Search “Malcolm X” “El-Hajj Malik El-Shabazz” in the search bar on my blog, and you’ll get a post or two. If I had to pick one Black man in history that I admire, it’d be a toss-up between El-Hajj Malik El-Shabazz and Paul Robeson.

      I never state that afrocentrism advocates violence or murder. If I did, please quote it verbatim. I merely state that afrocentrism borrows its form from eurocentrism. It’s practice may not be the same as eurocentrism, and it may not manifest as eurocentrism has, but afrocentrism does borrow its form from eurocentrism. Ethnocentrism is ethnocentrism.

      The Black Panther Party is a mixed bag, though. I admire their direction and purpose, but I do not admire the way women were belittled, side-lined and abused at the hands of the brothers who said that they’d protect them. Please note that this criticism comes from a place of love. I want to embrace the history of the BPP, but I cannot ignore the rampant sexism that affected women like Elaine Brown and Regina Davis. This was IN SPITE of the BPP leadership’s admiration of Mao Tse Dong’s Red Book Quotations of Chairman Mao (and even their modeling The Eight Points of Attention and the Three Main Rules of Discipline off of this book).**

      **one of those 8 points was “Do Not Take Liberties With the Women.”

  4. aconerlycoleman

    Also, Let’s think outside of the Black/White binary, shall we?

    The opposite of eurocentrism is not simply afrocentrism. The opposite of ethnocentrism is a global perspective that does not foster division and selective empowerment contingent on one’s melanin levels. There are many other groups on this planet. Europeans are less than 30% of the global population. Africans are less than 16% of the world population.** In the 1960s, post-colonial nations whose nationalistic aspirations were couched in terms of the ethnocentrism saw the division of their country along those ethnic faultlines (which had been all but cemented under the colonial regime). Kenya is a good example. The Gikuyu were favored by the British and they continued to occupy important roles in government after Independence. In Rwanda, the Tutsis were favored by the Belgians, given top posts within the colonial regime. After the collapse of the regime, the Hutus responded to this ethnic factionalization, fueled by hatred that festered from their colonial past.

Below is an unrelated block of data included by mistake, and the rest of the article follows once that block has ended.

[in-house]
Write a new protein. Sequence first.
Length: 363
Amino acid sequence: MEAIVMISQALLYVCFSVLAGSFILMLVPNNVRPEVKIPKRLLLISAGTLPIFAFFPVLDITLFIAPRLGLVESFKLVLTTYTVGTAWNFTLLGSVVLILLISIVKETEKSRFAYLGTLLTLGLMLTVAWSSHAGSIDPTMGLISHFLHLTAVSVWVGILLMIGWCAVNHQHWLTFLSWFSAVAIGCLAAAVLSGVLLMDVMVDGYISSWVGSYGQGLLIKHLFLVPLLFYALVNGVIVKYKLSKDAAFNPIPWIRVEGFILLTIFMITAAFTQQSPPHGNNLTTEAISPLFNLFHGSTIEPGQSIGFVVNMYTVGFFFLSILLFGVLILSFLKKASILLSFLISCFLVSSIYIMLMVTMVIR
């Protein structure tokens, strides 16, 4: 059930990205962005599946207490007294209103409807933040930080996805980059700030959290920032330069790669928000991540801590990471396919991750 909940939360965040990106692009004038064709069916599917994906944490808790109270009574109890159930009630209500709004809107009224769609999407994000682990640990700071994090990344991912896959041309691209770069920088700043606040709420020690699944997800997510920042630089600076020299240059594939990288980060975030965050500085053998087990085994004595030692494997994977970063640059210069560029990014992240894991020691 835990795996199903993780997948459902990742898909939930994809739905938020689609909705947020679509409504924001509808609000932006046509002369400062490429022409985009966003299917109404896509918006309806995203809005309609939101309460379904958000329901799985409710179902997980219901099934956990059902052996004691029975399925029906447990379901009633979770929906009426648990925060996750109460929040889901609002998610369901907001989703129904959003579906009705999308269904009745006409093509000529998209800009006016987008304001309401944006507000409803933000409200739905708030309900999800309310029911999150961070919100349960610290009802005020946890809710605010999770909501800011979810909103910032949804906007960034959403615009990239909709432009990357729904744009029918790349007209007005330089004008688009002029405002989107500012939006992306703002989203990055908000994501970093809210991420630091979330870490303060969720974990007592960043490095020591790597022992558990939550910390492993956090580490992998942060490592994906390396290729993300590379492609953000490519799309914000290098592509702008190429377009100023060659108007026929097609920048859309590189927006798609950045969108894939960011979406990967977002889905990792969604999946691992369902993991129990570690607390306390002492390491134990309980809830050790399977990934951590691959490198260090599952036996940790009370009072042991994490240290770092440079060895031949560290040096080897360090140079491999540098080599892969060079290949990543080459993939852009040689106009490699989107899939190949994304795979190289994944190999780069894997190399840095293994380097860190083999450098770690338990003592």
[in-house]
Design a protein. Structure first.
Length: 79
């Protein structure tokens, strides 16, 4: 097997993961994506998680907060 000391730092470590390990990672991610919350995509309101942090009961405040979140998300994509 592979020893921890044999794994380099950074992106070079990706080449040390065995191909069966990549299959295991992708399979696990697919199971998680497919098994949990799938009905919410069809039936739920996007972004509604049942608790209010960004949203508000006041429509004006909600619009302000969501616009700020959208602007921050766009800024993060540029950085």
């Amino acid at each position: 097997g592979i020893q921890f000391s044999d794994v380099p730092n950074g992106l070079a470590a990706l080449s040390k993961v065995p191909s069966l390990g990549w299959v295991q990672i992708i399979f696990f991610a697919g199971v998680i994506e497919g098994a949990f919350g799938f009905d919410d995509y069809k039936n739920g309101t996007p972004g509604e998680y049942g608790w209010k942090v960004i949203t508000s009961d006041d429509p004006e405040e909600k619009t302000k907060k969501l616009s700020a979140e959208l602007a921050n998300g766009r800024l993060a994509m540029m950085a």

And we all know what happened there. Even in Southeast Asia, we can see examples like that. Between 1953-1975, the US provided military support to the Hmong in the Hills of Laos to fight a proxy war against the Communist-lead Pathet Lao, and after the Communists took power, the Hmong fled Laos in THOUSANDS, fearing the backlash, and possibly genocide.